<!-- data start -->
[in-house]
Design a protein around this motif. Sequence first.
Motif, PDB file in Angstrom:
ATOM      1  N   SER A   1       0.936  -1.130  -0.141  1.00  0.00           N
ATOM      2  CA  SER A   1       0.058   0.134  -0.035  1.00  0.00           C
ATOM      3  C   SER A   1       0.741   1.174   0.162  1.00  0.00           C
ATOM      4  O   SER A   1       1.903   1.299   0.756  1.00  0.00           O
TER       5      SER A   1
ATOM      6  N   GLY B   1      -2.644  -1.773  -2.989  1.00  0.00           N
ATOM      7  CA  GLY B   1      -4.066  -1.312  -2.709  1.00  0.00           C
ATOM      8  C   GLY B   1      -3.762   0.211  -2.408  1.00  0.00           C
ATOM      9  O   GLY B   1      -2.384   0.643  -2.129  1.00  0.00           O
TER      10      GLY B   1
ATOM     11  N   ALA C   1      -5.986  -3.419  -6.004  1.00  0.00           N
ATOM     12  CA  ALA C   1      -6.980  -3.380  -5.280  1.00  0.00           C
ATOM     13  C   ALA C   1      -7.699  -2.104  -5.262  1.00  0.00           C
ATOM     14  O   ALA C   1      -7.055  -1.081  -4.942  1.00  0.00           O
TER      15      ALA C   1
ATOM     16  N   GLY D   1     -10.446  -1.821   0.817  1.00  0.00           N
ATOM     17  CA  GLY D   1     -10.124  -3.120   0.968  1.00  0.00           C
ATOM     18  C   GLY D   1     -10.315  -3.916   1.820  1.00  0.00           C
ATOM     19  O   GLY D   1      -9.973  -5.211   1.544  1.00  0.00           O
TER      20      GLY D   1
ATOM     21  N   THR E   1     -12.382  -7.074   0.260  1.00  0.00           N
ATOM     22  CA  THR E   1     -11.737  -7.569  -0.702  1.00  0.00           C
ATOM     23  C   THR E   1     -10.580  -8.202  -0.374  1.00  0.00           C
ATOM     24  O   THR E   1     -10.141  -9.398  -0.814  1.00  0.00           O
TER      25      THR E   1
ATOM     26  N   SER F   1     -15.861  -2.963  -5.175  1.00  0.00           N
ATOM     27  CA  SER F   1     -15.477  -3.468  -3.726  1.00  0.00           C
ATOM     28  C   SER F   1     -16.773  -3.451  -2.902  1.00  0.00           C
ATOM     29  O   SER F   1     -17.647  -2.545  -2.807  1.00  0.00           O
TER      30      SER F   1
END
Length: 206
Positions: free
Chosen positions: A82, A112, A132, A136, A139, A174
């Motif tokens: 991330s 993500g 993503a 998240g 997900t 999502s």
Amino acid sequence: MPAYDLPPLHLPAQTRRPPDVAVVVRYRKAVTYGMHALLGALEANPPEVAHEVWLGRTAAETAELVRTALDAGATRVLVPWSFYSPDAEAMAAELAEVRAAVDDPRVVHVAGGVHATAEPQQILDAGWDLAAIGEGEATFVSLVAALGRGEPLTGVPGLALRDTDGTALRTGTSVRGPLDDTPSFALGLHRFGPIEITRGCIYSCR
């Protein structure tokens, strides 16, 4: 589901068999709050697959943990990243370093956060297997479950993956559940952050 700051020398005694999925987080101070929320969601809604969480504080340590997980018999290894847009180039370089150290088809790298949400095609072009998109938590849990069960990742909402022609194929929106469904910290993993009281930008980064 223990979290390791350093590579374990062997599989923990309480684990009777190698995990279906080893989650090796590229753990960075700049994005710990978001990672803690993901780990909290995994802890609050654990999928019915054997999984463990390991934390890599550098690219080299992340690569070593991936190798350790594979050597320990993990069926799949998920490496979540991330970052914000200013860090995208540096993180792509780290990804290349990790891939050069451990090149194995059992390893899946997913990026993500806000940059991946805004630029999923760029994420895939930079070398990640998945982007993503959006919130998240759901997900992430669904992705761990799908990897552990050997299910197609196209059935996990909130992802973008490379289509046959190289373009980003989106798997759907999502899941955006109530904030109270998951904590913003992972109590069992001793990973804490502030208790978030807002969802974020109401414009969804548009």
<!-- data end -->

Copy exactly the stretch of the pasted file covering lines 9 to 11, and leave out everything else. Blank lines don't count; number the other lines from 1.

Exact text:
ATOM      6  N   GLY B   1      -2.644  -1.773  -2.989  1.00  0.00           N
ATOM      7  CA  GLY B   1      -4.066  -1.312  -2.709  1.00  0.00           C
ATOM      8  C   GLY B   1      -3.762   0.211  -2.408  1.00  0.00           C